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There are many textile companies providing needed support to villages and communities across Africa.

A great example of how villages are being supported through textiles is Liz Cooper's work at Yakaar Niani Wulli Federation. Yakaar Niani Wulli have brought together more than 80 villages and almost 2000 farmers.

Yakaar Niani Wulli’s aim is to help villages in Senegal, West Africa establish food security and ensure various sources of income for families. To achieve this aim Yakaar Niani Wulli has had to diversify their activities; textiles is just one of them.

Liz Cooper is helping villagers to develop a collection of textile products. Products are made from organic cotton and dyed with natural indigo.

Textiles products create many jobs for villagers:
The cotton must be farmed and harvested, then spun and woven into cloth. Yakaar Niani Wulli obtained certification from the fair trade foundation in 2006 for its production of organic cotton.

Yakaar Niani Wulli reintroduced the cultivation of indigo to villagers. Once a garment is produced and the indigo is harvested and prepared, a woman can spend up to one day, creating different patterns of colour.

For more about Yakaar Niani Wulli's work view their site . Look out for the online store coming soon!

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Comment by Edith Nkwocha on September 10, 2009 at 10:53
Very interested, Liz. I wasn't able to view the site when I clicked on the link. Please keep me posted concerning the oline store.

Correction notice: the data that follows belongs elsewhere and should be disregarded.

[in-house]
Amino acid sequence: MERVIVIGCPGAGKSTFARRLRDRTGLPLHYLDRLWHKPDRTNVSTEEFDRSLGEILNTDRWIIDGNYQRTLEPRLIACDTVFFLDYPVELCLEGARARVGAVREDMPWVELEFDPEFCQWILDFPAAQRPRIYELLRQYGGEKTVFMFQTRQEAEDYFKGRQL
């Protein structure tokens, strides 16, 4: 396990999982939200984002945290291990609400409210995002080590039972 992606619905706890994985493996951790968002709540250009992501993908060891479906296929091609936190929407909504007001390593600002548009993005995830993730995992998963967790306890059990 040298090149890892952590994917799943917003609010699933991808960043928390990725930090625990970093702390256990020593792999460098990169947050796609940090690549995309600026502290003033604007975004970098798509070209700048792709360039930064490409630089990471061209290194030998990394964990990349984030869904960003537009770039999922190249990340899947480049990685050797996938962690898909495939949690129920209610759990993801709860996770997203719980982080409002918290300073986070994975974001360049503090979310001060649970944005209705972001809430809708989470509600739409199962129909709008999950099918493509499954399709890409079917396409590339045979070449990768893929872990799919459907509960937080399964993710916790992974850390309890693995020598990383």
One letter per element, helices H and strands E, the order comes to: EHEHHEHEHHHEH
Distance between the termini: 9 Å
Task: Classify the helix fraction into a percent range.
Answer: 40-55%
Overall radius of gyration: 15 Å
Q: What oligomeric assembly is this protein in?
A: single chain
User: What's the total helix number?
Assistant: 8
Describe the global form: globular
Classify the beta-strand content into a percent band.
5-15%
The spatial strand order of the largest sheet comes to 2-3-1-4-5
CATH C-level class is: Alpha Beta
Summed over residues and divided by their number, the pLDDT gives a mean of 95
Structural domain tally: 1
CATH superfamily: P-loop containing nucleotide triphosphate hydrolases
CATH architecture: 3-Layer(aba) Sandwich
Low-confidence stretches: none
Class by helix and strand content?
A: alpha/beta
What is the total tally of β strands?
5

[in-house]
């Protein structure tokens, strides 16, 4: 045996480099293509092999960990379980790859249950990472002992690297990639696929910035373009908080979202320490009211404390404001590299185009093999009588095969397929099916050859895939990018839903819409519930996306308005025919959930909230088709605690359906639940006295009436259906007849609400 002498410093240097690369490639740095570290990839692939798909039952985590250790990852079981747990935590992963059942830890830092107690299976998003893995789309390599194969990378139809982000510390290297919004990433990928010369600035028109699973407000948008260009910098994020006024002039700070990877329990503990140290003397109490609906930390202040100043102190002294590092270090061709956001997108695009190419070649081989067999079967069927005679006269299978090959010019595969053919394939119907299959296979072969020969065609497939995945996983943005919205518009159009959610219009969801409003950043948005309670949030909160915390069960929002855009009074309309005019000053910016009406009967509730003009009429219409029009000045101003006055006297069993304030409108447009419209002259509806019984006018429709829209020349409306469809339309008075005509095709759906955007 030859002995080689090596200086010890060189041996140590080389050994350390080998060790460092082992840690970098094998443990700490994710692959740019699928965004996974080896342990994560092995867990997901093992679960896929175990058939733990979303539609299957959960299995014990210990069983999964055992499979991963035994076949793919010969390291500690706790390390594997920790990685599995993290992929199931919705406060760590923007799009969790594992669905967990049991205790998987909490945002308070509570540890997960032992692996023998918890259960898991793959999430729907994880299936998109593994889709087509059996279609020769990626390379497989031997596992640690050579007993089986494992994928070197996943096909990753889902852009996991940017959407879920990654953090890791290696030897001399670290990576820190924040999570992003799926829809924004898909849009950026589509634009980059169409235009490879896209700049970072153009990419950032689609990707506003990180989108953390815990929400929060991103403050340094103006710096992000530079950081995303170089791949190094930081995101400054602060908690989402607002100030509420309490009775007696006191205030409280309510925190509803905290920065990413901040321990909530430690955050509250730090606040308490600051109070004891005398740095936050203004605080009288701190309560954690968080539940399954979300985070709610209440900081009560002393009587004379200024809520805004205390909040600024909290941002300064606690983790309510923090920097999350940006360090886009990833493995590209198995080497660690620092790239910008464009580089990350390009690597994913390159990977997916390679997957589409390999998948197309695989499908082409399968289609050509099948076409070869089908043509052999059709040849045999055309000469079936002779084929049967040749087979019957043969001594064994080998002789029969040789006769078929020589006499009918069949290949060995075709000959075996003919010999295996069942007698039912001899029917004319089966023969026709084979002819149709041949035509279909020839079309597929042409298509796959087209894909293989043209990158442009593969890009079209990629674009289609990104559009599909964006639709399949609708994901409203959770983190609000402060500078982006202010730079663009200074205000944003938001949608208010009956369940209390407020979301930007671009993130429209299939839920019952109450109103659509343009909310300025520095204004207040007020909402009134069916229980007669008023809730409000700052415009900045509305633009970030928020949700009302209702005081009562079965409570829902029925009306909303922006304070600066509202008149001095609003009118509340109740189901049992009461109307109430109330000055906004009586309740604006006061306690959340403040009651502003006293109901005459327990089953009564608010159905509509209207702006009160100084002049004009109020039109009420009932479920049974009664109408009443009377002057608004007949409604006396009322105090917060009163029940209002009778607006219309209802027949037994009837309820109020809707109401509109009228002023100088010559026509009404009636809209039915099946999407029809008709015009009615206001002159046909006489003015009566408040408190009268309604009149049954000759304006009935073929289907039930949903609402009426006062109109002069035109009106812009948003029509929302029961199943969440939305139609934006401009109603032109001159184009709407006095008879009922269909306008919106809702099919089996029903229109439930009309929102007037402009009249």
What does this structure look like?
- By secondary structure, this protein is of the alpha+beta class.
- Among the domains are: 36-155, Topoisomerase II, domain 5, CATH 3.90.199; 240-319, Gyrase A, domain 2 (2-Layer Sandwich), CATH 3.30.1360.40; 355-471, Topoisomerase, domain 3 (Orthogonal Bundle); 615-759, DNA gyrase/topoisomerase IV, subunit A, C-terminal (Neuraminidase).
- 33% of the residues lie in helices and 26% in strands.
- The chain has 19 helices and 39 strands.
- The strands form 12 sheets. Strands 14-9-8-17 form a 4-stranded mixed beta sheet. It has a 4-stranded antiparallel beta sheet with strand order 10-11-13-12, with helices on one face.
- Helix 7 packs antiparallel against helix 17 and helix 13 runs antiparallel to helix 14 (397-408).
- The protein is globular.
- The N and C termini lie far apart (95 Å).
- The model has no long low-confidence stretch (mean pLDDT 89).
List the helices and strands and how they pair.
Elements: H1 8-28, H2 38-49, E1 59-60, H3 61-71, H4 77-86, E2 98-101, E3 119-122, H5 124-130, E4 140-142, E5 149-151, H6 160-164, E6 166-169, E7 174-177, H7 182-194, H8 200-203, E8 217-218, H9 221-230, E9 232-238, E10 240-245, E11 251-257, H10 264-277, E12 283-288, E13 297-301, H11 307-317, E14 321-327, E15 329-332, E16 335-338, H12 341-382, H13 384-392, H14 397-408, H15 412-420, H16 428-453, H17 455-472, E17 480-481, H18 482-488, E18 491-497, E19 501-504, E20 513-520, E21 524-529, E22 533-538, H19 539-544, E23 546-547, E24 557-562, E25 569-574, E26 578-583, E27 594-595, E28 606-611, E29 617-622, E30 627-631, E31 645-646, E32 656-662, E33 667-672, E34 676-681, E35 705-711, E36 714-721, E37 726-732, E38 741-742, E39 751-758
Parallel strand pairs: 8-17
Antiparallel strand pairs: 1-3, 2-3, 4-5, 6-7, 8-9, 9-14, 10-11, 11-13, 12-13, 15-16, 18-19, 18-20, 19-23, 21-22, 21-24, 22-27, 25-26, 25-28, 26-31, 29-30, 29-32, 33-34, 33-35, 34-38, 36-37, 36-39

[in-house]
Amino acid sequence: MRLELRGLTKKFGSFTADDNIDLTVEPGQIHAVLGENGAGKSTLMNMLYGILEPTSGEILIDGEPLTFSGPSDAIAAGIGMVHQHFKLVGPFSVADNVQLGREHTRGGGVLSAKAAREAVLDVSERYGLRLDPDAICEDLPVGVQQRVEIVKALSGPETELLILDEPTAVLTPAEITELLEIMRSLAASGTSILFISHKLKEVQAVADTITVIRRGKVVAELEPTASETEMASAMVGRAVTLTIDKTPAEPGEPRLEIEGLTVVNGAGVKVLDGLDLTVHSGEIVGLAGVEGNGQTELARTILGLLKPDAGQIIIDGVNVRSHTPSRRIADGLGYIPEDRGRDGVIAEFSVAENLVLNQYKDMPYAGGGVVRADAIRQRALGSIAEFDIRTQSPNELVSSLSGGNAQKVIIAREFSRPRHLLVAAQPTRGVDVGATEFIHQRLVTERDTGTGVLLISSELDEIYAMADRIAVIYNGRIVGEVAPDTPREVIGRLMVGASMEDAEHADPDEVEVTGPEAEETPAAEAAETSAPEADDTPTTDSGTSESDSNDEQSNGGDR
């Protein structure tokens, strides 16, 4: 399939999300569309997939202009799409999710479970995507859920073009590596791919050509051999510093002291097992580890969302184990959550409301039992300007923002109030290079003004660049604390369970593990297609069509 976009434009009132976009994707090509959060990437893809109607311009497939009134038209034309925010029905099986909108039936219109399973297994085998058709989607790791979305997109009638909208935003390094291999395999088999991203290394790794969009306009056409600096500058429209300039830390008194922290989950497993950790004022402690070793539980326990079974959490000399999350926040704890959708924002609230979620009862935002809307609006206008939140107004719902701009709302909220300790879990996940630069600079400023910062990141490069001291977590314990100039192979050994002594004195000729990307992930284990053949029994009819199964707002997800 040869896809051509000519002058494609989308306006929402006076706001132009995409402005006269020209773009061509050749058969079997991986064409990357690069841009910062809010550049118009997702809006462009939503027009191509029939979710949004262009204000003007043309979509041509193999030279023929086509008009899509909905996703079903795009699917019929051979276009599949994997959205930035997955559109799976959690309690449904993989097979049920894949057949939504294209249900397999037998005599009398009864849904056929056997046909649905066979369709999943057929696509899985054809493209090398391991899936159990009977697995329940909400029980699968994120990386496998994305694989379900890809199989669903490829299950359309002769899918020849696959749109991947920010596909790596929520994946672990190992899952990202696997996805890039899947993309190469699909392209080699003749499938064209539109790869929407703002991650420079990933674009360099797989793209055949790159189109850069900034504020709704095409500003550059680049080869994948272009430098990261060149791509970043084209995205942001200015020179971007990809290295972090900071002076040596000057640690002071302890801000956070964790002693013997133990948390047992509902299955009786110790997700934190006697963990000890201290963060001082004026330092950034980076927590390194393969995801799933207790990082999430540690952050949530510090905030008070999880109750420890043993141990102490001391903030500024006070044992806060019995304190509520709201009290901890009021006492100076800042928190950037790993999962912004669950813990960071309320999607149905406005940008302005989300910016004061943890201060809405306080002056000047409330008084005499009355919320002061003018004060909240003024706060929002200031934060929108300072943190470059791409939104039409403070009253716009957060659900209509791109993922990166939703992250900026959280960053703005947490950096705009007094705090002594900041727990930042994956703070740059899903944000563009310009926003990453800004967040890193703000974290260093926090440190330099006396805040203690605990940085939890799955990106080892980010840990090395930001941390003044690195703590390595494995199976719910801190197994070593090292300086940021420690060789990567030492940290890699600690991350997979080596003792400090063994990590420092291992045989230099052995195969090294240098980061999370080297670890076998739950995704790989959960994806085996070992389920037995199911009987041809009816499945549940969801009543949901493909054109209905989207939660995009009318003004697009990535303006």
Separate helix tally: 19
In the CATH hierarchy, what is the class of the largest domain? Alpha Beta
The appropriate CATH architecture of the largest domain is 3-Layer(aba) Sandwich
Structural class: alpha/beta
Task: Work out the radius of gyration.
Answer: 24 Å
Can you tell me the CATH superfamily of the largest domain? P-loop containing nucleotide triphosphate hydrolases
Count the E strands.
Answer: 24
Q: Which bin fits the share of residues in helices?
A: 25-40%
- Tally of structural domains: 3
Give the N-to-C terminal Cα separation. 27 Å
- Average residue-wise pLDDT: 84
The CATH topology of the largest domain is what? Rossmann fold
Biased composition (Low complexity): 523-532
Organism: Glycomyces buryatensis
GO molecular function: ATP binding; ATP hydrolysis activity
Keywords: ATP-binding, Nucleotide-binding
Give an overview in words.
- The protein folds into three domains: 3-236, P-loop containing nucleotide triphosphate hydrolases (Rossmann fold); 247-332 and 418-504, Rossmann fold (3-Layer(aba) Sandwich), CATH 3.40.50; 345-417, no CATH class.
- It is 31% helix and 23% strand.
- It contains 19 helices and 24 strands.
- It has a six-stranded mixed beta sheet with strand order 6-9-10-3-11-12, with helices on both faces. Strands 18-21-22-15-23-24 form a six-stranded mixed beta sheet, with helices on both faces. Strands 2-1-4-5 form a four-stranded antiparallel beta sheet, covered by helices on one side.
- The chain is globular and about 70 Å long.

Comment by Raven + Lily on August 9, 2009 at 16:33
It is so exciting to see all these high-end designers truly making a difference in the lives of these disadvantaged women in Africa. These women face the challenges of illiteracy, HIV/AIDS, political instability, FGM, and extreme poverty. Our non-profit, Raven + Lily, focuses on connecting designers to fair-trade co-ops in India and East Africa.

A team of our designers just returned this past week after assisting Marnie Bugs handbags in developing a line of accessories. Part of the proceeds from this collection will return back to the women in our co-ops to pay the women a fair wage, microenterprise opportunities and education in their community.

Here are some pictures of our trip last week! We would love to connect with more like-minded designers so please visit our site and sign up:

Comment by Spotlight on Sourcing on August 6, 2009 at 9:52
Comment by Spotlight on Sourcing on August 5, 2009 at 22:23

Image: Arise, June 09

How can Africa inspire Designers?
Suno gathers traditional Kenyan Kanga textiles and creates bright and beautiful clothing with a New York twist.

Suno founder and designer, Max Osterweis, discovered Kanga fabrics while visiting East Africa. Kangas have been worn by women in Kenya for 200 years, the fabric is brightly coloured with beautiful patterns and are an obvious inspiration for designers.

After the political unrest in Kenya that came after the 2007 election, Osterweis was determined to support the countries talent and do something with his discovery - Kenyan Kanga textiles. Osterweis creates his collections using these textiles in a workshop in Kenya and New York – the aim is to train workers in Kenya to continue with their talent, build on skills and provide fair employment.